The truth of the matter is likely that no one knows for certain how many machines were sold in the final days of March, but one thing is for certain is that the fiasco will cost brands millions of rupees.

The question now remains whether vehicle brands will move on from this hard-learned lesson, or if they will continue to be unprepared for the coming BS-VI standard in 2020. Only time will tell.

Source: Hindu Business Line, India Times, New India Express, & Economic Times  via MotoFire

  • Adam Creer

    Sounds like a bunch of new vehicles will be headed towards Southeast Asia very soon…

  • pidgin

    US needs to adopt equal regulations aswell ASAP, so japs have to stop selling their dinosaur polluters and make new ones or gtfo.

  • yyzmxs

    Really??? Out of touch a bit? I would think so.

  • mikstr

    Broken Record Syndrome…

    do tell, if the “japs” are dirty, who is clean?

  • pidgin

    All bikes that are sold in europe. And soon India it seems.

    The anxient KLR/DR/XR and many more models aren’t being sold here for forever already.

    US holding the world back from us getting better bikes.

  • coreyvwc

    New US emissions regulations will not force the Japanese manufacturers to update their range of products. They will simply add on more emissions components that will further restrict the power and increase the weight of their motorcycles. Those companies are completely controlled by the bean counters, they have no idea what the customer wants nor do they care.

  • pidgin

    LOL. Wrong. Then why don’t they add “more emissions components” to those same bikes in europe and sell them?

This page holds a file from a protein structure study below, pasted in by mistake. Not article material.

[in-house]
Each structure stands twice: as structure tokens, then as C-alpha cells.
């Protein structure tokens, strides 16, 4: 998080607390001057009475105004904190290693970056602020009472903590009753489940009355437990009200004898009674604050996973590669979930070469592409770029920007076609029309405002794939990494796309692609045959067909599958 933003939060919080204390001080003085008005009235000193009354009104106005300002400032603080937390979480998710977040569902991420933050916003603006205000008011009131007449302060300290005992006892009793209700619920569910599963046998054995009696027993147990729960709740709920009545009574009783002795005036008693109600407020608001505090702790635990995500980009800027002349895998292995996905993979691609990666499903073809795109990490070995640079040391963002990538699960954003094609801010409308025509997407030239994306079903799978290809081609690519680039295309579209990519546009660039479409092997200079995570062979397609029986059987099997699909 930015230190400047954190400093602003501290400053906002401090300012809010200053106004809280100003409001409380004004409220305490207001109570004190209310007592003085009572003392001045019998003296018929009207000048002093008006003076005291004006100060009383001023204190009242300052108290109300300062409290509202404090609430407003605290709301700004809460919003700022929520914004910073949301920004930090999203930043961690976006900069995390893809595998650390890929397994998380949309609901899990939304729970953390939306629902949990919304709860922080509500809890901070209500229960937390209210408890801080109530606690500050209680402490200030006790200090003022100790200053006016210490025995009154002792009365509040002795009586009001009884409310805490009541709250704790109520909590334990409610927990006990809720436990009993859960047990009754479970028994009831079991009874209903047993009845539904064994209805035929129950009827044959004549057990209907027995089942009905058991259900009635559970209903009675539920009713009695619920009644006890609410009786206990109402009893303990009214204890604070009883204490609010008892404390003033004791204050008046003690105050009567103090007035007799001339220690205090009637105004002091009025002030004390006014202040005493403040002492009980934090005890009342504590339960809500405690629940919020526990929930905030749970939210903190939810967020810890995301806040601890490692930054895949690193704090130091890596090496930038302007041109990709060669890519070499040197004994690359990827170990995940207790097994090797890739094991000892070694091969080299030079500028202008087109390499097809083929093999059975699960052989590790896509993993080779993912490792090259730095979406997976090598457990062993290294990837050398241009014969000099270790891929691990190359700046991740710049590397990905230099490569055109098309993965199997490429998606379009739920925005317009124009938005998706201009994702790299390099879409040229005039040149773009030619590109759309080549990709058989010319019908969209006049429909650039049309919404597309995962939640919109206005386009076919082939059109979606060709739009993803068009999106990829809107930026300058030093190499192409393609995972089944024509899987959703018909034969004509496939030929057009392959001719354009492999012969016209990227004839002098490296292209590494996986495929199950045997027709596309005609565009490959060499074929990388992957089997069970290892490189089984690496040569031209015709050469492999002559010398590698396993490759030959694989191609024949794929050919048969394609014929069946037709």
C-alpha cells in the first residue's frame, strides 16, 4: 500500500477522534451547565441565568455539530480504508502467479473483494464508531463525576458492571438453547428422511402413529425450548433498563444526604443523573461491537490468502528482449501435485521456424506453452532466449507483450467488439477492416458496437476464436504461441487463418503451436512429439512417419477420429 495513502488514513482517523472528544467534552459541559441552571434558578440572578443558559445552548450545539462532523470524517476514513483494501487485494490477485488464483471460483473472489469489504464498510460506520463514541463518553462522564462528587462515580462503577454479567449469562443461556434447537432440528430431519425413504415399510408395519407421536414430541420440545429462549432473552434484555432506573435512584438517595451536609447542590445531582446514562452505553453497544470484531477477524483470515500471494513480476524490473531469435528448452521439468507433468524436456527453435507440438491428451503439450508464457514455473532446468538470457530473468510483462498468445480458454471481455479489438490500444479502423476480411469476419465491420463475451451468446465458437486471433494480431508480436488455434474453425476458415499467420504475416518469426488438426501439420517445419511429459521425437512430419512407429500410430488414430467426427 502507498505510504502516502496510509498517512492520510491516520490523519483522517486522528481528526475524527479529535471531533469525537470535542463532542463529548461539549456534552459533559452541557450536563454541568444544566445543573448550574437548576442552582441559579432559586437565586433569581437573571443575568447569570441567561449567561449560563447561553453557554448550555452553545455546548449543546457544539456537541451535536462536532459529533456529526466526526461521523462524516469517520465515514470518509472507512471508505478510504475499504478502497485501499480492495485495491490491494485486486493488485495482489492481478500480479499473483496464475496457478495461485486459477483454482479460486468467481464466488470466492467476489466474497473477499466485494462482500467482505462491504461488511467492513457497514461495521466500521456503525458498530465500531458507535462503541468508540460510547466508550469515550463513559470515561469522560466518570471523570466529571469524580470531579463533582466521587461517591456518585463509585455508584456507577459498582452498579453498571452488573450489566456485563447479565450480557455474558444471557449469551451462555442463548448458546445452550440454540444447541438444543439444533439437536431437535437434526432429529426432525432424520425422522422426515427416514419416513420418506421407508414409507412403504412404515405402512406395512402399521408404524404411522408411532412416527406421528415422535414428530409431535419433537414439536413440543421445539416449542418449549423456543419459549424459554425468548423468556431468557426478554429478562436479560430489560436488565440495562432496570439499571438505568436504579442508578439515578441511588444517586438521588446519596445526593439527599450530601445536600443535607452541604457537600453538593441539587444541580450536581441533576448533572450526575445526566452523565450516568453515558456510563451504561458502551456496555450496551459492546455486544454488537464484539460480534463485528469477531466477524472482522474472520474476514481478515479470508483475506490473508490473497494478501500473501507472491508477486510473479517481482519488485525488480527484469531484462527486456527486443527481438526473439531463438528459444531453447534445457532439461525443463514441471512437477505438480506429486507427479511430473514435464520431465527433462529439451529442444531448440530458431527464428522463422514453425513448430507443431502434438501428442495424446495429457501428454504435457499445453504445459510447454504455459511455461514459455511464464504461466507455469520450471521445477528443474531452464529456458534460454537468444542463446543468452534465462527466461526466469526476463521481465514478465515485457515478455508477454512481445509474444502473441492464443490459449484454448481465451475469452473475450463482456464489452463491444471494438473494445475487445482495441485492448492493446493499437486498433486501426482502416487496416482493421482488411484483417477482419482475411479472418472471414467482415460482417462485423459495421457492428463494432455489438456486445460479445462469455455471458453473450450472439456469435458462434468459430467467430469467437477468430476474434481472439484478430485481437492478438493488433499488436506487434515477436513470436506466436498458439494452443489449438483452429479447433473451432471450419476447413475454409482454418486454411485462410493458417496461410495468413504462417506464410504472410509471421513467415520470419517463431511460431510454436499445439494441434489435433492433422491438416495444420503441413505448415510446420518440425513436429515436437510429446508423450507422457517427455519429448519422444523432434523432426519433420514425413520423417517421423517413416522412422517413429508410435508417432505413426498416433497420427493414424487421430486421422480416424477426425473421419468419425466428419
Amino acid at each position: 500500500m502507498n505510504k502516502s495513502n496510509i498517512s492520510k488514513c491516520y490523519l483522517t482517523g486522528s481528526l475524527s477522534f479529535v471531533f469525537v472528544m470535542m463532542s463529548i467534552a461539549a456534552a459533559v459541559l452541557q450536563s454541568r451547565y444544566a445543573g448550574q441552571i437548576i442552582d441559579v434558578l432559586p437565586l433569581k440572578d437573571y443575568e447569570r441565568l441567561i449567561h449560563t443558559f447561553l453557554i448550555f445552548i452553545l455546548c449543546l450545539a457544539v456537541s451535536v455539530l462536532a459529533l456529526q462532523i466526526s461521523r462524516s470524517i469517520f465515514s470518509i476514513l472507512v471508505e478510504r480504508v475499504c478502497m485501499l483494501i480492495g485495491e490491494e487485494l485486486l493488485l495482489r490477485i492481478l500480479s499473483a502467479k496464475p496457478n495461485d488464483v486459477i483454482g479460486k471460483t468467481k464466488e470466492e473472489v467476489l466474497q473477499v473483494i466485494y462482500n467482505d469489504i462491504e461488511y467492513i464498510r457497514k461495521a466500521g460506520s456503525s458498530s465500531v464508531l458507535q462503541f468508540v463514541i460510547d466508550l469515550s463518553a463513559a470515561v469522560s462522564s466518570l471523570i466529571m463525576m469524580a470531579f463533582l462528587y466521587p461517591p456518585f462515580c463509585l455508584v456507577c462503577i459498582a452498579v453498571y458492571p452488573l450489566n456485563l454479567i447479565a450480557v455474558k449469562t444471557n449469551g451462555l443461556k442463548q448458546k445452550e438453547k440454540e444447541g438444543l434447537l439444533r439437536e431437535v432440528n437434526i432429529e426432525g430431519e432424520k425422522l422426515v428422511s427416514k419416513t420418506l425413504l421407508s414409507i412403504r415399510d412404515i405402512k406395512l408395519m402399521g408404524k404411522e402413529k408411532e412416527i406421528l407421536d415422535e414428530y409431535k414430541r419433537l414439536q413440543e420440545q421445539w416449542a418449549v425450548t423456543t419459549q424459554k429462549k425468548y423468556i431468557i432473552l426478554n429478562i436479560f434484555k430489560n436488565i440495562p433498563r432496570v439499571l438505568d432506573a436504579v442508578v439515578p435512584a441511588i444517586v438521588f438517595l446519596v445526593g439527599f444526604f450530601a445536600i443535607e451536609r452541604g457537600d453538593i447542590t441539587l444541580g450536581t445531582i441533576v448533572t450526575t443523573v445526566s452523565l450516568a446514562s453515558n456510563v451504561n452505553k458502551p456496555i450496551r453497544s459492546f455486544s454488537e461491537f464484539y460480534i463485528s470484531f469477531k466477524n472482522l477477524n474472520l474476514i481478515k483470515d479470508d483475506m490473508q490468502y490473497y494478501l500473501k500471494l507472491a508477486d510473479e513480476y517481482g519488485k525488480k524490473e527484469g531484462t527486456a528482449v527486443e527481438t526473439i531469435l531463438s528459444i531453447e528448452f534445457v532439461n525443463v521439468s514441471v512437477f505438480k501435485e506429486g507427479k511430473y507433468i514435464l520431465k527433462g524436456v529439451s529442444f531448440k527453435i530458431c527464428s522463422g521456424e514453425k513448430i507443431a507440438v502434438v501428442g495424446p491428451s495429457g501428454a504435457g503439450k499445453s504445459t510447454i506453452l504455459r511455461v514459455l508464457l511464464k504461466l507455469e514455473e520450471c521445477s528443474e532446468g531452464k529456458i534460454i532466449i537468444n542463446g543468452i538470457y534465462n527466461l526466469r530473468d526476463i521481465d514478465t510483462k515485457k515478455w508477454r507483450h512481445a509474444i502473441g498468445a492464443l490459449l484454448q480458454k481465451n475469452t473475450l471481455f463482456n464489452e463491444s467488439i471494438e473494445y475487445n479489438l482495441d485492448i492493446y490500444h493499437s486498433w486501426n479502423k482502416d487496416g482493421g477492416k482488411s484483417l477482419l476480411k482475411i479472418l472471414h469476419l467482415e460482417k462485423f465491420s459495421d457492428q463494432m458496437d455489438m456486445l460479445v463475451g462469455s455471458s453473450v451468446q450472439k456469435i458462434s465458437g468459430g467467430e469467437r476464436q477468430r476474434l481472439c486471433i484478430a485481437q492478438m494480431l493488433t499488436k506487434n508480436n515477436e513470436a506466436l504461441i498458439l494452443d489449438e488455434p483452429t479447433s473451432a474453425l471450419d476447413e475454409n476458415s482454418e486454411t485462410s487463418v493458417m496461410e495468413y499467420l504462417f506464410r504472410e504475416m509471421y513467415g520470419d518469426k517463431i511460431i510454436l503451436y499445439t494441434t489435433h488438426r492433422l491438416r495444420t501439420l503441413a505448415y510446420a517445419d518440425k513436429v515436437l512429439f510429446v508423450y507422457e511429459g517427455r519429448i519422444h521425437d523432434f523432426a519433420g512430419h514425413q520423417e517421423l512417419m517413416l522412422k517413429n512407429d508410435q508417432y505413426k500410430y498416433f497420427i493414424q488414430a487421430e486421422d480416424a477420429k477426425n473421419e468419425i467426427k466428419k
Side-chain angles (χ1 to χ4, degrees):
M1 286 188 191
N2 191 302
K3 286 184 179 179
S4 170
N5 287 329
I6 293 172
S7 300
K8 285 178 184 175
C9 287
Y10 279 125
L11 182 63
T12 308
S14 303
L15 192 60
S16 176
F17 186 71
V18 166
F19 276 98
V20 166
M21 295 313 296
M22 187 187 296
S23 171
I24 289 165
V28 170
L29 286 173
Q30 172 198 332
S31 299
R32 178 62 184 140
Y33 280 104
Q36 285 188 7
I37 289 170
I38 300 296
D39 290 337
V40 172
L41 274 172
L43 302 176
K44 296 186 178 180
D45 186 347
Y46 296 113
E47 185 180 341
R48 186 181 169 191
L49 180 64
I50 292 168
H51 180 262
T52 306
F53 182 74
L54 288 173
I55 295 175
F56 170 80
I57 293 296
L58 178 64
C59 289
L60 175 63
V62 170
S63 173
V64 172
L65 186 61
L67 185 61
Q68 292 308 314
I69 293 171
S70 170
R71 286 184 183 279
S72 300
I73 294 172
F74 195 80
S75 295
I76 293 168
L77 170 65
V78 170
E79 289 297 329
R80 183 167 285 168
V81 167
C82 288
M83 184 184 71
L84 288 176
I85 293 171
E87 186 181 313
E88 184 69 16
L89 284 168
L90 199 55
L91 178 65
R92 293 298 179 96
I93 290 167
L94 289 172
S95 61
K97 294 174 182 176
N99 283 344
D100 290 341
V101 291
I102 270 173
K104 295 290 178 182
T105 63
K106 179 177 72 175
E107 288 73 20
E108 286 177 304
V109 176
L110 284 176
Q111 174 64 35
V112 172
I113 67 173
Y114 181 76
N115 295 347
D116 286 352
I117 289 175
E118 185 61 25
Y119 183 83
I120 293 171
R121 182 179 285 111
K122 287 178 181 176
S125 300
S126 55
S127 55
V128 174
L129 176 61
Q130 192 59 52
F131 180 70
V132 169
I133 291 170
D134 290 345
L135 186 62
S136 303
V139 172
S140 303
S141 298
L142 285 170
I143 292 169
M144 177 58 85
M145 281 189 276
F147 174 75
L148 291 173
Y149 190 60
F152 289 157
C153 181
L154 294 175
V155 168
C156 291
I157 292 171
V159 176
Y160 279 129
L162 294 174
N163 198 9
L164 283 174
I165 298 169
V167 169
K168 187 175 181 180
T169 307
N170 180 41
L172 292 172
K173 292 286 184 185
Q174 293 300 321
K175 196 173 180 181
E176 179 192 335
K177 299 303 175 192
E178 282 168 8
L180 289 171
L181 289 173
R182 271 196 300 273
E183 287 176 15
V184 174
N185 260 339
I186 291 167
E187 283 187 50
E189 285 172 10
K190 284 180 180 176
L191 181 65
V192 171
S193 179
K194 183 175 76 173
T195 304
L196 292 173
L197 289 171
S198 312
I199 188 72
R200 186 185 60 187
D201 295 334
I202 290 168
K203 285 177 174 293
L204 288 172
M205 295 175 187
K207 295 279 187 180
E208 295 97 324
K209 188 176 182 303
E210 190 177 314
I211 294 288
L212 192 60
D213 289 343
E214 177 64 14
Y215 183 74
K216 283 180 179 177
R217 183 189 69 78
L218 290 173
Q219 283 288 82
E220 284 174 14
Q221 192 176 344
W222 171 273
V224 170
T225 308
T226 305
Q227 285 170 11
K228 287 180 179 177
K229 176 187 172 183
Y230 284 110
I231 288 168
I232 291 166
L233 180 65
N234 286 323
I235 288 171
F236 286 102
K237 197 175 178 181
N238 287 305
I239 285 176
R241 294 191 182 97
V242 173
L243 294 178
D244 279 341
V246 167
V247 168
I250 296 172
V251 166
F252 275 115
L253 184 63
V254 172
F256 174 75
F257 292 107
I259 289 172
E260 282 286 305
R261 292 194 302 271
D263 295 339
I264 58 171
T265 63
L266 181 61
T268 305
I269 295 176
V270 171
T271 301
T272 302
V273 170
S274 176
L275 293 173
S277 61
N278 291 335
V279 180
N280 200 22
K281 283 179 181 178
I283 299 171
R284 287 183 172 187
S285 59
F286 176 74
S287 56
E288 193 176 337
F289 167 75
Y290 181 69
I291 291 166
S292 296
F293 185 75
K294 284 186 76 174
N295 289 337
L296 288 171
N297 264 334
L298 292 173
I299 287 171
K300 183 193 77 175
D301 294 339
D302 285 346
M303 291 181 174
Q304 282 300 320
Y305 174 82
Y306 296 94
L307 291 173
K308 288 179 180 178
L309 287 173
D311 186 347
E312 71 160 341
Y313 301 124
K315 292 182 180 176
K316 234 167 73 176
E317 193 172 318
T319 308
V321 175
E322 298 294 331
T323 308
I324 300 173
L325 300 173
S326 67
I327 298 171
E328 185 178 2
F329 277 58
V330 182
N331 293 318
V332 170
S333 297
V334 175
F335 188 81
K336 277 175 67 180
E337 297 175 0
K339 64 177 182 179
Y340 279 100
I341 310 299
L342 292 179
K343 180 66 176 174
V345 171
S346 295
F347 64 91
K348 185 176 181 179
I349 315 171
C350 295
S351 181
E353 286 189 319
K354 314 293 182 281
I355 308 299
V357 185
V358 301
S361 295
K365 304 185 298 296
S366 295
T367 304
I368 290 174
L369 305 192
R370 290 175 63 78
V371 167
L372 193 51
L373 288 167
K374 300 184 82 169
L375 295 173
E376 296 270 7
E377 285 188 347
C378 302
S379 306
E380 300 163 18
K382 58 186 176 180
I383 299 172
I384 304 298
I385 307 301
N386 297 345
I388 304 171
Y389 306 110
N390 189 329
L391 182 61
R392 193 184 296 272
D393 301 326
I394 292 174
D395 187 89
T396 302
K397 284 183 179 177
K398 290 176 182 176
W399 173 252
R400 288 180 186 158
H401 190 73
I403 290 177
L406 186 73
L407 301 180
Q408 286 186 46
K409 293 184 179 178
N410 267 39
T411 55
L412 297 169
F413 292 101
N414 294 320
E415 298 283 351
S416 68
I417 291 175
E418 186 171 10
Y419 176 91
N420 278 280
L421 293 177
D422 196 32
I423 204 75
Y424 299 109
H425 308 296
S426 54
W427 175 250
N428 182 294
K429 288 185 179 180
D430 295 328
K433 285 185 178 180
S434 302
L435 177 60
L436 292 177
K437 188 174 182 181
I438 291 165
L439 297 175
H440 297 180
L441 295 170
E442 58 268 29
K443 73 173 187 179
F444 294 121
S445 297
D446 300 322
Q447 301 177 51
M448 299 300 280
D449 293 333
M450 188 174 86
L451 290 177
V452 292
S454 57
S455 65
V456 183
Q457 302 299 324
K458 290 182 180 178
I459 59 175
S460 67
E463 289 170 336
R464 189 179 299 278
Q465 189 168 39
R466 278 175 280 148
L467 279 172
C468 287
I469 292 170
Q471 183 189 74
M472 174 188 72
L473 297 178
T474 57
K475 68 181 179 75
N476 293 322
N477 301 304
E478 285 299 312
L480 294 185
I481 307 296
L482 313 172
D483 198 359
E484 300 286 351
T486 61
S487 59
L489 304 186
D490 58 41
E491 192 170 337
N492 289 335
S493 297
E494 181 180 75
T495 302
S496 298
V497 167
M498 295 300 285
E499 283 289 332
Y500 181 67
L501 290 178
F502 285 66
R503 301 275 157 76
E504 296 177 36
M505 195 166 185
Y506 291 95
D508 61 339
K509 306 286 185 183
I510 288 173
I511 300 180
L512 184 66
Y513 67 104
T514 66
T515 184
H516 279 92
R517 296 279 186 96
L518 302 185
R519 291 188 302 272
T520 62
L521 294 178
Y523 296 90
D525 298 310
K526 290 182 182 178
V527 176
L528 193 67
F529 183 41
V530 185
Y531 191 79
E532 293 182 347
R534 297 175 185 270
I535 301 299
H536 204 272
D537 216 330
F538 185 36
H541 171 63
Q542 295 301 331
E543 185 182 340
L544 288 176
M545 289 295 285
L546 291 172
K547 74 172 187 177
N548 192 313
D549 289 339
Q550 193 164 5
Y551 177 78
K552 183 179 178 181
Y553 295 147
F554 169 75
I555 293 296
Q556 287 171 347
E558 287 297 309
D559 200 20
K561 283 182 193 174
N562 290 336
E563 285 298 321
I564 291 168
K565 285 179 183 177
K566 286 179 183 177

For example honda had to update their crf250L this year to meet euro4. We got an increase in power aswell. Had there been no regulations honda would have sold the original for another 10 years.

  • Brett Lewis

    More Japanese bikes are sold in Europe than the US. Japan acts accordingly, catering to Europe before the US. There is no law against Japan selling Euro4 bikes here as that spec is even stricter than what we have. The mean old US can’t be blamed for all of your issues.

  • pidgin

    Umm thats what I’ve been saying. They continue to sell their old bikes in the US that can’t be sold here in europe. If they couldn’t sell them in US they’d finally be forced to update or retire those models.

  • paulus

    I agree with your sentiments, but don’t blame the Japanese. They are developing and selling the models elsewhere. It is the USA headquarters decision makers which select the models for release there.

  • Brett Lewis

    Nobody over here is buying old bikes, every dealer has far more 2015’s and 2016’s than new bikes. The US is not a big factor in total motorcycle purchases globally, with half of the sales here going to American companies.Europe not only gets the new bikes before us, they get a lot of bikes that we don’t… Where’s our CB1300? (never sold here), Tracer 700? (been out for 2 years in Europe), XT660Z Tenere? (people over here really wanted it, can’t get it, Europe did), the list goes on and on… Europe gets newer bikes first, and they get a better selection from which to choose.

  • Brett Lewis

    But… I reread your post, focusing on the dual sports, I see that there are only a couple for sale in Europe, while even carbureted models like the DRZ400S are still for sale here. People here are tiring of the old models, we have wanted a new updated/fuel injected DRZ for ages, same with the KLR 650 and others. Even though I myself had a couple of DRZ’s, they are not that popular, and it’s easy to find a lightly used one at a low price. I see Europe still gets the CRF250, I’m surprised you can’t get the fuel-injected WR250R, the Versys X 300 seems very road-biased. I imagine the manufacturers are working on dual sports now for Europe…